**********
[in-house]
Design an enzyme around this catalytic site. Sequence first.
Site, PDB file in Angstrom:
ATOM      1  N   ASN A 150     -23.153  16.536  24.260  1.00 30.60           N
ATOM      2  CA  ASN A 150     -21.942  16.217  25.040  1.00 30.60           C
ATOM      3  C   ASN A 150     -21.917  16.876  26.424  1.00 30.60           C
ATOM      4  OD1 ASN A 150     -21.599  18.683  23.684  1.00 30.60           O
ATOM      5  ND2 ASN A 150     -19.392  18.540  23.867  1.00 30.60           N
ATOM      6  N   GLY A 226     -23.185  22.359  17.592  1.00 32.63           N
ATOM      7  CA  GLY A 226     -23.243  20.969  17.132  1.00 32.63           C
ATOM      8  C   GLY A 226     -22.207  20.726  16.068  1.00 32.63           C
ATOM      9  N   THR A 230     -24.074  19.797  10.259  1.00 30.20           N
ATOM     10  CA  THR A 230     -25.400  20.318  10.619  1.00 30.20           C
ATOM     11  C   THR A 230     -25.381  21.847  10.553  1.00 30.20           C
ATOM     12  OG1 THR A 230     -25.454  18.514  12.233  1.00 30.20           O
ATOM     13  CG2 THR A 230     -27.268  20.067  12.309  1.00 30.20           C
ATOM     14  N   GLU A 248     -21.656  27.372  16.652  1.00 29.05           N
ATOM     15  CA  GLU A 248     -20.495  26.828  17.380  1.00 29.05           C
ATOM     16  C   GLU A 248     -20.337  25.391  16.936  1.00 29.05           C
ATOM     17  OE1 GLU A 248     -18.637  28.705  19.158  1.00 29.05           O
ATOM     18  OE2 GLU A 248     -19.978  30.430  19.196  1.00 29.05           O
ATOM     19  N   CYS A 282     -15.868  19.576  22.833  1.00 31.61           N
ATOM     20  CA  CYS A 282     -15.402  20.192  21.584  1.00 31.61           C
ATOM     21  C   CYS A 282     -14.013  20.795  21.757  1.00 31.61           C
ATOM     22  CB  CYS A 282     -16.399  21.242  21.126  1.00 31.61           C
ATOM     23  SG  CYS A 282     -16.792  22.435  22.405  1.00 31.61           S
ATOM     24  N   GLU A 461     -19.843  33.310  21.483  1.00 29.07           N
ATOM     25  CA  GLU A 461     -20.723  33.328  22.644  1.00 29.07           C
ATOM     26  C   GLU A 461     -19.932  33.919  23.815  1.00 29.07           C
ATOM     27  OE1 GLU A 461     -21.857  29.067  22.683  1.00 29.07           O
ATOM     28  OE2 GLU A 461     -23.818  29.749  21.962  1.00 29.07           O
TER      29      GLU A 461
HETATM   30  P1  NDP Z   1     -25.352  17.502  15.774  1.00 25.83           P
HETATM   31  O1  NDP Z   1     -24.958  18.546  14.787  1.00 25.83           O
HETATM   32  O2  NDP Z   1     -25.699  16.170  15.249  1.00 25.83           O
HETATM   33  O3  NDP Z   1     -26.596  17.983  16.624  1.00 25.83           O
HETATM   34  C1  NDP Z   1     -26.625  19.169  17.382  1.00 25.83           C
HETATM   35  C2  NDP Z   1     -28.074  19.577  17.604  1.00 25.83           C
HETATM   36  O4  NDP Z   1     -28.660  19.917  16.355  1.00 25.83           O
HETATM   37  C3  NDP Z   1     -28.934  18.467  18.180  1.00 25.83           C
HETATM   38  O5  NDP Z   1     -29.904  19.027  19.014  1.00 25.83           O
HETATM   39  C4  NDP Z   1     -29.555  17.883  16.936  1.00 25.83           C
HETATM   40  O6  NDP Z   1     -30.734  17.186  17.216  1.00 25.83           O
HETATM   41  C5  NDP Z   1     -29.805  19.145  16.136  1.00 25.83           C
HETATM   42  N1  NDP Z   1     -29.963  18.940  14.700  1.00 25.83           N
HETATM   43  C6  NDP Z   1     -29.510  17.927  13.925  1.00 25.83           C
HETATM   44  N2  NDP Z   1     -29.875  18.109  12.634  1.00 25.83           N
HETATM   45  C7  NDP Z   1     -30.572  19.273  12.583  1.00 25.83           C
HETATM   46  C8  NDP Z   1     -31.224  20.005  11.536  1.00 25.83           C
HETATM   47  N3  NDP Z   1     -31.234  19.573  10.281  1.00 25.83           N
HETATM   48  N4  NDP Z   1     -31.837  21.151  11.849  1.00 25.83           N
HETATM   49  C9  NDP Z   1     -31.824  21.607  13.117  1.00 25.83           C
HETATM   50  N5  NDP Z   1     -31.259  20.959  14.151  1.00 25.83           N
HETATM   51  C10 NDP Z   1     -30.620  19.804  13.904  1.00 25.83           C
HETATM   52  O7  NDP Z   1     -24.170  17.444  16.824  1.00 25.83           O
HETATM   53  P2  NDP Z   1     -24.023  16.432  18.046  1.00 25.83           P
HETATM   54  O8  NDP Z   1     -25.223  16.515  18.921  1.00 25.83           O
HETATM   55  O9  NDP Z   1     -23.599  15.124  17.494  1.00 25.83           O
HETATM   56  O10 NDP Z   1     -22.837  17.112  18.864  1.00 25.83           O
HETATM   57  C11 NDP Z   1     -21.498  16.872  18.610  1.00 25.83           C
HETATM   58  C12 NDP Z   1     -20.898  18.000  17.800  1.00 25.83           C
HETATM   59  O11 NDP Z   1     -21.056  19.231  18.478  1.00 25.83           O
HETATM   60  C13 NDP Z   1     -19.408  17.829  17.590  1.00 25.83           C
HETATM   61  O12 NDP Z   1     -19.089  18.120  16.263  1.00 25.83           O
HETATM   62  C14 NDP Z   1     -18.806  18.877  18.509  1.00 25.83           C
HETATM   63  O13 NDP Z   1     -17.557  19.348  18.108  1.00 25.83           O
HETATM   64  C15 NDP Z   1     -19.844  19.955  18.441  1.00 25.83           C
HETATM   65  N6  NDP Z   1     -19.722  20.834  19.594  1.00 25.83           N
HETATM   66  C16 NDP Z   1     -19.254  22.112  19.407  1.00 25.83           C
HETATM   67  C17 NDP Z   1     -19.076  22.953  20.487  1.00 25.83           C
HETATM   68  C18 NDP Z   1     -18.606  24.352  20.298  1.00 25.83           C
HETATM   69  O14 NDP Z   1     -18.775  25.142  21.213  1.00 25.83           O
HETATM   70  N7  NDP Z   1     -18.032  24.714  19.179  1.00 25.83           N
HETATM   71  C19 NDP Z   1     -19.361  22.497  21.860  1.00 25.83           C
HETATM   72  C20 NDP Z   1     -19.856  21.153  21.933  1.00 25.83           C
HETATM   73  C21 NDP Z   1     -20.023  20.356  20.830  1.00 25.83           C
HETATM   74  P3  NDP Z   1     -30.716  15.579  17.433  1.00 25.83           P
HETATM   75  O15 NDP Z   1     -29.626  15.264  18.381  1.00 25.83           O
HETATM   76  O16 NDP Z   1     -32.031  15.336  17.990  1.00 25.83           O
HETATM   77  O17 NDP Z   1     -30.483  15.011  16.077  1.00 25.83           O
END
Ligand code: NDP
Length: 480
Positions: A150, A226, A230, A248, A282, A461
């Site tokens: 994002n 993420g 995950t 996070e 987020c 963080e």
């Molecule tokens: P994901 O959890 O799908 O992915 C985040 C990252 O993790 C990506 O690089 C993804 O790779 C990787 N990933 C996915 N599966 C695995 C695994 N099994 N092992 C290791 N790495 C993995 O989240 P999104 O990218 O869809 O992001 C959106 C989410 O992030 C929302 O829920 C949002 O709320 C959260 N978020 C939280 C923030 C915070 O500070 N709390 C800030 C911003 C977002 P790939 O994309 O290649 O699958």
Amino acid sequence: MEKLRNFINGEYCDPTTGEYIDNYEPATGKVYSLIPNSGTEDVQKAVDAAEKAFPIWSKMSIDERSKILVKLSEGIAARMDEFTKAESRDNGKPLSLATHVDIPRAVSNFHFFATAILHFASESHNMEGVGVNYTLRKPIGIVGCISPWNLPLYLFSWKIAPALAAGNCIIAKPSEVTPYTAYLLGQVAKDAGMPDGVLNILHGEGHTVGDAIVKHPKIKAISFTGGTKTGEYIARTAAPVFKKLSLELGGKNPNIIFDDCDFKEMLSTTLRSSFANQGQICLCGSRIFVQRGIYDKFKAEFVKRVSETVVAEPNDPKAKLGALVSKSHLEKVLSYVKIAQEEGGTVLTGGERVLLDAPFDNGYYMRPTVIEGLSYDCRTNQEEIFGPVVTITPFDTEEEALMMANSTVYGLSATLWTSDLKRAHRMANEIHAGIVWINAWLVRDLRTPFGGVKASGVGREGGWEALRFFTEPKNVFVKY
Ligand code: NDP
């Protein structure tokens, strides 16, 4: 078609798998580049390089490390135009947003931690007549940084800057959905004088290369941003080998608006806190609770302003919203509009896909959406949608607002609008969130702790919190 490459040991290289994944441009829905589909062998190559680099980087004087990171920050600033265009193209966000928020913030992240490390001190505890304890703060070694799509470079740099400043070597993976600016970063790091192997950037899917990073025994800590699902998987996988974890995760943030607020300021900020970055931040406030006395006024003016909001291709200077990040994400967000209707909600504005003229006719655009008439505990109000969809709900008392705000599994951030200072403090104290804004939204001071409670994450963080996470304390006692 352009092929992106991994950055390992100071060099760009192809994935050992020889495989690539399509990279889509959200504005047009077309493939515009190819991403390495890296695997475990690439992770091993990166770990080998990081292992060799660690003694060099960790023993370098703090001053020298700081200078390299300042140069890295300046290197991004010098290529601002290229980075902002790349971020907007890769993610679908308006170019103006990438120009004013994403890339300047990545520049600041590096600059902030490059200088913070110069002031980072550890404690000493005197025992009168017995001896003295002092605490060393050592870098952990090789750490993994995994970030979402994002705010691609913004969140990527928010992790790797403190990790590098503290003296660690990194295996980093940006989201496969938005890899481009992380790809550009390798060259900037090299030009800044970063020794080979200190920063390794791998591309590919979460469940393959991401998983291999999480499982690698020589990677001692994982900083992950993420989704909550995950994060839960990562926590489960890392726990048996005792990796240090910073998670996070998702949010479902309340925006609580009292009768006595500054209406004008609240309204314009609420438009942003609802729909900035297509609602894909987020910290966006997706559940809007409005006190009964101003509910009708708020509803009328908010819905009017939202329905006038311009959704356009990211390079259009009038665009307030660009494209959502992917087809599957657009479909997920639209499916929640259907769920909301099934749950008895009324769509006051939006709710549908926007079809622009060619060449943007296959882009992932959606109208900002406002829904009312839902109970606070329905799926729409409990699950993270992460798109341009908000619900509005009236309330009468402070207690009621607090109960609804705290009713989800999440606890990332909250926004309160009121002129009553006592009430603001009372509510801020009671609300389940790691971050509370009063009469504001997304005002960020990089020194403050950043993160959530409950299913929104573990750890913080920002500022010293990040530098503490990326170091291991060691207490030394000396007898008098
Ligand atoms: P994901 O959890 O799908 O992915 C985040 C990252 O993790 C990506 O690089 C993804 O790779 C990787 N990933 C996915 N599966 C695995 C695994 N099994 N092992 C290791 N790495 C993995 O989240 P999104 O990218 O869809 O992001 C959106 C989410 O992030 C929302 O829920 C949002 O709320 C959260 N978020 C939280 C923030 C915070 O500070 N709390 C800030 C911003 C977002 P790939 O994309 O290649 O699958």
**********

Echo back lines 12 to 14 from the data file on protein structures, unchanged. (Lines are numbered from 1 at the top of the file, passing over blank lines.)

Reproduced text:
ATOM      9  N   THR A 230     -24.074  19.797  10.259  1.00 30.20           N
ATOM     10  CA  THR A 230     -25.400  20.318  10.619  1.00 30.20           C
ATOM     11  C   THR A 230     -25.381  21.847  10.553  1.00 30.20           C